“There’s nothing more protected under the First Amendment than political speech,” Mr. Lauro said.
Many legal analysts are skeptical this approach will work in a courtroom. There is no First Amendment right to engage in a conspiracy to break the law, they point out, and Mr. Trump has been charged with urging others to take illegal actions.
Nor is “political” speech actually uniquely protected under the law, they say.
But some experts add that there are fuzzy lines in First Amendment jurisprudence. It is an area of law that is not as settled as one might think, given the Constitution’s age.
Judges in Trump cases may also be reluctant to slap pretrial speech restrictions on a former president and current political candidate who is adamant about First Amendment rights, even if he makes inflammatory comments about his legal situations.
“The basic point is that there are areas of uncertainty,” says Frederick Schauer, a professor and First Amendment scholar at the University of Virginia School of Law. “Raising a First Amendment defense might, depending on the facts, not be completely frivolous.”…
Urging in the abstract that people ought to rob banks to bring capitalism to its knees would be protected under the First Amendment, says Professor Schauer. Urging particular people in a nonpublic manner to rob a bank and give the speaker some of the money would not.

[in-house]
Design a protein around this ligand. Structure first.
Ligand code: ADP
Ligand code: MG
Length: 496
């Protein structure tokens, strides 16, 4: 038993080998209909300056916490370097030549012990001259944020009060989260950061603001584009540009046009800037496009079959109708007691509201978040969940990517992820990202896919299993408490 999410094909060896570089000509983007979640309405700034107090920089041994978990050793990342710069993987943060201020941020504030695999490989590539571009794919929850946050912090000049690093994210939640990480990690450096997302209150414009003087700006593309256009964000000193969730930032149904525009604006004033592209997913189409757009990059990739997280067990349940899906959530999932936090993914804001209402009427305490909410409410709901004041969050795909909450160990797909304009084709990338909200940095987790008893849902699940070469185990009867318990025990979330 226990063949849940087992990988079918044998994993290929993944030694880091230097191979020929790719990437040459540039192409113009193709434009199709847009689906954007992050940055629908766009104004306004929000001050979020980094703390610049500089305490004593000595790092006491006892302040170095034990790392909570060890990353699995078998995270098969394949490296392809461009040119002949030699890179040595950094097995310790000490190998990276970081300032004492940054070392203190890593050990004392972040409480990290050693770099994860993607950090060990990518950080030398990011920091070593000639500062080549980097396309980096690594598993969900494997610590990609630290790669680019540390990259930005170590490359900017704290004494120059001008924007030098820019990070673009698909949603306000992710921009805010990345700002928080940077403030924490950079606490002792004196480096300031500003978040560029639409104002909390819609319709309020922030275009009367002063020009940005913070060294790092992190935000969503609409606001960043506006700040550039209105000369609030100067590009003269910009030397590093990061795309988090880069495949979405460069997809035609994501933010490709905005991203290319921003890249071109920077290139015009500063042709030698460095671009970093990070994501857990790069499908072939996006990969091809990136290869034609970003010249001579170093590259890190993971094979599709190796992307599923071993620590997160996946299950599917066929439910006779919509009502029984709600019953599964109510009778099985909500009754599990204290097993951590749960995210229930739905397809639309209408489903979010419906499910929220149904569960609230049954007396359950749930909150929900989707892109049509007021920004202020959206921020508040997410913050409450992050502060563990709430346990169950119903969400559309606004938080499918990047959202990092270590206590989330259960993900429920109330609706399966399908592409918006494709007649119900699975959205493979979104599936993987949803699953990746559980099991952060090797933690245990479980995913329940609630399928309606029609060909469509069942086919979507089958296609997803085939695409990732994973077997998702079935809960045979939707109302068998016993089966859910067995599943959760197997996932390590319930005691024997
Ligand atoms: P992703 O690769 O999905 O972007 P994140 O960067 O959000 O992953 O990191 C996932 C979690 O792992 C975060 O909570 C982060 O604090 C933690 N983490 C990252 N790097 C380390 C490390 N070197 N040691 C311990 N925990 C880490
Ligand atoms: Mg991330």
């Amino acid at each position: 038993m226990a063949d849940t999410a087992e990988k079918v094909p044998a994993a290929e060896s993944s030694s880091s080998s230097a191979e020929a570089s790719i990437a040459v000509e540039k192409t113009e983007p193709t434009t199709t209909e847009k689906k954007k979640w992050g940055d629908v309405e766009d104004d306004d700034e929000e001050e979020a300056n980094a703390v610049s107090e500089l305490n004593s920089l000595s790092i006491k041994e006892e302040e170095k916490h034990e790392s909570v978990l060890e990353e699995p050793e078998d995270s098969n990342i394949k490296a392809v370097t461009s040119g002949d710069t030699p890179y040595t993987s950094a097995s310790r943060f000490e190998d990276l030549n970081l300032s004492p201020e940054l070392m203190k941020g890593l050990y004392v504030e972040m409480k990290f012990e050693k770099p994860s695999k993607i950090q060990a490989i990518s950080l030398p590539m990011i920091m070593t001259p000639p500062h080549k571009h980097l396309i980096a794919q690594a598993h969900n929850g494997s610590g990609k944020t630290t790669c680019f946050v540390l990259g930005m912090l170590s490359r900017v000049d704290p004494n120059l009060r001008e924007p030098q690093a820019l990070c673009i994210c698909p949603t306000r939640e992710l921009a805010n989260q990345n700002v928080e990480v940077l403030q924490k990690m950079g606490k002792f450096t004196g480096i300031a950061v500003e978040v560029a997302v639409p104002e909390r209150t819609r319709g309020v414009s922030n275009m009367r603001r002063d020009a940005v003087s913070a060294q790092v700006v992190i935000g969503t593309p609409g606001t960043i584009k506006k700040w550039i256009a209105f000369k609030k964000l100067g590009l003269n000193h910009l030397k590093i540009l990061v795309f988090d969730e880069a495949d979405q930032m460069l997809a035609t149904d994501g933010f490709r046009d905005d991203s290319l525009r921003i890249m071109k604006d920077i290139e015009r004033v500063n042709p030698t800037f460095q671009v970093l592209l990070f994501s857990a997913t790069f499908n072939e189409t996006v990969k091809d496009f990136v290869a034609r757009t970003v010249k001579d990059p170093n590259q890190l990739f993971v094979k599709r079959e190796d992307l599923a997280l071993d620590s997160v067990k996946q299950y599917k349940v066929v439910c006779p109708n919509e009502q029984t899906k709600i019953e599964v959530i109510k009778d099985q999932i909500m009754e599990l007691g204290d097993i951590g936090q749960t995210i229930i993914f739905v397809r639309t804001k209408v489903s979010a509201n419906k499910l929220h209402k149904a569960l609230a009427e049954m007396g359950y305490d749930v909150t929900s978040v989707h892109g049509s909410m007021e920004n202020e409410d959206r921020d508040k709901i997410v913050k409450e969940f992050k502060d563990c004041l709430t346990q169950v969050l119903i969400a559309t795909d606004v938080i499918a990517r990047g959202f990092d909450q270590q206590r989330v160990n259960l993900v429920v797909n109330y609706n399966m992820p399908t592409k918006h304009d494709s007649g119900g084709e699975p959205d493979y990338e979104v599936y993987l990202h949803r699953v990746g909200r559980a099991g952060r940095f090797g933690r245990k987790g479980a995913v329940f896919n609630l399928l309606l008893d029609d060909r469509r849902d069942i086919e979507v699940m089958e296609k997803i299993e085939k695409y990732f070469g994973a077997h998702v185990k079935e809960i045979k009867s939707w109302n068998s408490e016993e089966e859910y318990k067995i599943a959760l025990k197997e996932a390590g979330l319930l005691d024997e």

“So a lot may depend on the fuzzy line between protected advocacy of illegal activity and unprotected criminal conspiracy,” says Professor Schauer.
Some experts say Mr. Trump’s lawyers’ description of his activities as “political” speech may be more of a rhetorical flourish than legally meaningful.
Political speech is often presented as axiomatic of the type of speech that the First Amendment is designed to protect, says Gregory Magarian, a constitutional law professor at Washington University School of Law in St. Louis. That does not make it a special category, he says. Speech is speech.
The loser of an election is allowed to say they really won, even if everyone around them is saying otherwise.
“But if the loser is the president and he is using the power of the office to overturn an adverse election result, that’s way off in its own ZIP code in terms of protecting political dissent,” says Professor Magarian.